Maybe this expectation of clinicians is unjustifiable and probably unachievable from fallible beings. If so, why then should clinicians enjoy higher social standing and be regarded as having higher moral capacity than ordinary citizens, and why has the society accorded this status to health professionals? Is this position a necessary condition or is there reason to expect conduct that is above reproach from these cadres? And if so, what actions are morally, legally and socially expected, optional or forbidden from clinicians?

Duties performed by practitioners as enshrined in codes of conduct and ethical guidelines are unclear and yet prescriptive. They do not provide clarity on the moral character and value of an act, but rather whether the act is permissible or prohibited. Yet, increasingly, practitioners have gone beyond the call of duty, or are expected to do so by the communities they serve. This has created unrealistic expectations from the profession.

Is it reasonable for health professionals to strive for altruism, sainthood or even heroism in discharging their duties? In other words, is the health profession the kingdom where saints and heroes dare to dwell... or ought to?

Supererogation: normative description

Heroic and saintly acts are supererogatory deeds that go beyond the ordinary and mundane activities. Humanity yearns to celebrate brave men and angels and to vilify as fiends those who fail or elect not to be courageous.

These reactions are testament to the insatiable desire for heroes, saints and martyrs. There seems to be an increasing expectation for saints among the health professionals in particular!

Debates on the conceptual definition of supererogation traverse moral, ethical and religious considerations. Since time immemorial, Christian belief and other religious teachings have demanded acts of faith beyond common courtesy. For example, the faithful have been called to "love thy enemy", and "forgive many times over" and "turn the other cheek". This call to act beyond the common cause provides a foundation for religious belief and sets a goal for achieving piety.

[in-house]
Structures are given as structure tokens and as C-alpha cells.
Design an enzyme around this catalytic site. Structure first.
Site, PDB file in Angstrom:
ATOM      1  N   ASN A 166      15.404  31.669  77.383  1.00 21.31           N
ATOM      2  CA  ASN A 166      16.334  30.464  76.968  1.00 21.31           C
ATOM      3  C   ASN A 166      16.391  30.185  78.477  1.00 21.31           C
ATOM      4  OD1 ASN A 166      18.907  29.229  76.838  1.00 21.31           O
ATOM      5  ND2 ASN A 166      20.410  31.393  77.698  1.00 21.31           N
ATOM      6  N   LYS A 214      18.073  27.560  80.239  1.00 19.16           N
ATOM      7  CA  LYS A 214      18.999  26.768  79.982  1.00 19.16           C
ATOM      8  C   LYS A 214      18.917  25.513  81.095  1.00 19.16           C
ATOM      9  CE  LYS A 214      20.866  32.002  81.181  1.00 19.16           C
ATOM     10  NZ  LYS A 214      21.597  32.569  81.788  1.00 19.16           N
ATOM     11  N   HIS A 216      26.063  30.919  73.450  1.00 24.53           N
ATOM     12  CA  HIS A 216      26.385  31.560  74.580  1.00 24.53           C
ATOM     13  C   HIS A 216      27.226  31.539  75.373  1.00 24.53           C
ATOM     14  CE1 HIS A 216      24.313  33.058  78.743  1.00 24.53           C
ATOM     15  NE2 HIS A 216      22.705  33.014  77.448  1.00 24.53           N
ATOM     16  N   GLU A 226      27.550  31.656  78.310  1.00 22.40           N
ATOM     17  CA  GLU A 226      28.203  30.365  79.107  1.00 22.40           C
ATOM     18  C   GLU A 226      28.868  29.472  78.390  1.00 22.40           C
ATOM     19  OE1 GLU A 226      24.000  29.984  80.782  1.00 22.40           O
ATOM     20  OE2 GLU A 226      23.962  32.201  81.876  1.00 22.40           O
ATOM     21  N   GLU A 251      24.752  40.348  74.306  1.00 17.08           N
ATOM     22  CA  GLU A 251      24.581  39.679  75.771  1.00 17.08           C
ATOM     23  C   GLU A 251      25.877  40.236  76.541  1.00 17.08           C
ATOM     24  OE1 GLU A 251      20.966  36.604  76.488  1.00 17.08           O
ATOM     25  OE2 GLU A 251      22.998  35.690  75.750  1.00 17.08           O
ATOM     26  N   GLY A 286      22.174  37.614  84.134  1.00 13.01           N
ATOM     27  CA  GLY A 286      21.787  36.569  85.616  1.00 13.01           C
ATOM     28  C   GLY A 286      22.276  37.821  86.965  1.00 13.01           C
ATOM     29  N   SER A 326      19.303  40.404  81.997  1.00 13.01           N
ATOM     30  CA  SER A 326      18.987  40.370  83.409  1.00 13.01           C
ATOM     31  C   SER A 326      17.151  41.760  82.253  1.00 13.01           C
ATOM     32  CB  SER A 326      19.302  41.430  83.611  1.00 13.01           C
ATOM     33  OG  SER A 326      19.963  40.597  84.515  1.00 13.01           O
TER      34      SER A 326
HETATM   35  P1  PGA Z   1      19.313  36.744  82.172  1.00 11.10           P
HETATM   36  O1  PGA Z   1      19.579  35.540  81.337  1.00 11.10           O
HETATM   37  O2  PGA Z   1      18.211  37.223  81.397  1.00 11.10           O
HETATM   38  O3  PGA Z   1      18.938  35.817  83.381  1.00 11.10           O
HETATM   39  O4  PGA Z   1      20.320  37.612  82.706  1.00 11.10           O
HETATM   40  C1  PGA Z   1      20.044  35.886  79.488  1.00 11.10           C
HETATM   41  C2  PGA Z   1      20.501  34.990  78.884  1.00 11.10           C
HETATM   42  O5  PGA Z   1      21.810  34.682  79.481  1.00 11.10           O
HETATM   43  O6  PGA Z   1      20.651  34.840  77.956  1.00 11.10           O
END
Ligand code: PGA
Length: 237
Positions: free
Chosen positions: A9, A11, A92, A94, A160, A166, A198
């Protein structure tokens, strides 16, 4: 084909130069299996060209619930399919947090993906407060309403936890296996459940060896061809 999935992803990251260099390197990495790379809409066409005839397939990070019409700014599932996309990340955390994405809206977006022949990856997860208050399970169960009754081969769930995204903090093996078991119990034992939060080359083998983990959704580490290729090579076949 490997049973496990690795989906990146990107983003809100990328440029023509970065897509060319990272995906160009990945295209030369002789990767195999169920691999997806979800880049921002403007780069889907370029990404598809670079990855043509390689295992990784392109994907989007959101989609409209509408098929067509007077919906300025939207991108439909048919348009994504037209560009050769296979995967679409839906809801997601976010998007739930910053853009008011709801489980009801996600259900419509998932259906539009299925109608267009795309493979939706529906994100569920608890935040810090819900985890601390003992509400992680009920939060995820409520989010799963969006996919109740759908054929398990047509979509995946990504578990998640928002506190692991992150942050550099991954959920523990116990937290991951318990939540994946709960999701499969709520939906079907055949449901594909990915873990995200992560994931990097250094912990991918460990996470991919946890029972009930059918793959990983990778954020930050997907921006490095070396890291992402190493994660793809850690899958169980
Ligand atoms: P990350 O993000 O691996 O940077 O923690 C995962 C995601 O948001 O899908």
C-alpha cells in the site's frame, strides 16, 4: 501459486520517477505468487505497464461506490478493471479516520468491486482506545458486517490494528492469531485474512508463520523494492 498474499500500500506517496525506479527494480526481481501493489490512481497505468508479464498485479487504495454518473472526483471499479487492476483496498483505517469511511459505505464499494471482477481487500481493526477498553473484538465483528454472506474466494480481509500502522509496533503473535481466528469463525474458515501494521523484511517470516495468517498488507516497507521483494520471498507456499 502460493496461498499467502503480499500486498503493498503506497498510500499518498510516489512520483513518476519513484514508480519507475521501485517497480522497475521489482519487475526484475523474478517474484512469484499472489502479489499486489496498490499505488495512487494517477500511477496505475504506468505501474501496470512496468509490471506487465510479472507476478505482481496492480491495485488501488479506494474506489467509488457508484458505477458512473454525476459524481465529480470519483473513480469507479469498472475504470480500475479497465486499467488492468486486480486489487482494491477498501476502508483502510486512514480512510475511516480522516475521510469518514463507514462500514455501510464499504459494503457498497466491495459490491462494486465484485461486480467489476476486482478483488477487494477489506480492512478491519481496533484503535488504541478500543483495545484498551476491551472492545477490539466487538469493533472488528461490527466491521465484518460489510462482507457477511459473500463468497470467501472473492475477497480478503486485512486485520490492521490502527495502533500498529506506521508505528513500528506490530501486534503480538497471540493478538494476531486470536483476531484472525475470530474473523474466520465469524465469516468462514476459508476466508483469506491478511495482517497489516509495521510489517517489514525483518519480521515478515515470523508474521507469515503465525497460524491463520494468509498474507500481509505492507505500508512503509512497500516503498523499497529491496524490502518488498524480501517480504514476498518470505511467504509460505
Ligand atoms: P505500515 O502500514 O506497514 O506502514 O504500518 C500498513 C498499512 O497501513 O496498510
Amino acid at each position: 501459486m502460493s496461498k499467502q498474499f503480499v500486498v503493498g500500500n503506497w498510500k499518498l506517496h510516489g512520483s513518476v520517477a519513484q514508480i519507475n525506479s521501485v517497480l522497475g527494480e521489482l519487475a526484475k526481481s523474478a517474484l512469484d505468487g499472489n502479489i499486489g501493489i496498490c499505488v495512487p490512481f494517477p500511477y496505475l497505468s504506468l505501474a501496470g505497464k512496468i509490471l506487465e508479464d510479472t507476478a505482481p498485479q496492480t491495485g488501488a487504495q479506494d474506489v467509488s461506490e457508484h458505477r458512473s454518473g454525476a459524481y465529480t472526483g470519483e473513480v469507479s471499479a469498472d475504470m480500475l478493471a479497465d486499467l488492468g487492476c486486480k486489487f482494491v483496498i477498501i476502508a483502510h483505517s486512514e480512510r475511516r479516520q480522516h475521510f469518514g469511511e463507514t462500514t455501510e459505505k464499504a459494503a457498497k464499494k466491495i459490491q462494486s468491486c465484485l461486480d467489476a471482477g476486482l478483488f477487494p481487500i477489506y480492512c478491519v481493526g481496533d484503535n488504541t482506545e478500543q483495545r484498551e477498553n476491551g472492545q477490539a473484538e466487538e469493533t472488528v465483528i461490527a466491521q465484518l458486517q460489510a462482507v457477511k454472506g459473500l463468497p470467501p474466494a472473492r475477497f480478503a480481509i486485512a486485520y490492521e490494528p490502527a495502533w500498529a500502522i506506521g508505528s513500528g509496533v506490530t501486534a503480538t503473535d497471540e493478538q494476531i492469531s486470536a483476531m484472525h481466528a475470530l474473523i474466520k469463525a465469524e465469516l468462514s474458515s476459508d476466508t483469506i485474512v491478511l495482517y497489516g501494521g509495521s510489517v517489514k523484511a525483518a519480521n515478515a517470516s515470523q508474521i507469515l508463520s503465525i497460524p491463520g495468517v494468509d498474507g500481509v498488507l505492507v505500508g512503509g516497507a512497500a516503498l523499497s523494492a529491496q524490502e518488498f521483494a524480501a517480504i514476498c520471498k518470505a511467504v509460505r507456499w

The philosophical interrogation of the morality, duty and virtue of supererogatory acts highlights a dual taxonomy including and extending from deontological to axiological moral perspectives. The former viewpoint emphasises a duty based definition, while the latter highlights value based notions. In other words the nature of philosophical debates on obligation for supererogation range from considering actions that are "good" to do, to those we "ought" to do; or from value or virtue to duty or obligation.

Therefore supererogation lies at the intersection of the axiological and the deontic theories; that is between the 'good' and the 'ought' to activities. Common language expresses supererogation as performing those activities classified as "beyond the call of duty.", or "paying out more than is due", or "doing more than you're expected or obligated to."

Supererogation - duty or virtue?

Can actions be considered supererogatory? And if so what characterises these actions? Is it their intrinsic value or is it the good or deontological thrust or force that confers this character?



Since moral norms provide a yardstick for conduct, it follows, prima facie, that all moral actions would fall into one of three categories: those actions that are required, forbidden, or permissible (i.e. either necessary, prohibited or optional). In other words, this triad of actions can be good to do, hence required; or bad to do, hence forbidden; or morally neutral or inconsequential, hence optional. Intuitively this classification represents all possibilities of the actions which may be expected of health professionals. For example, a dentist is obligated to treat, prohibited from harming and may provide services to patients or choose to refer.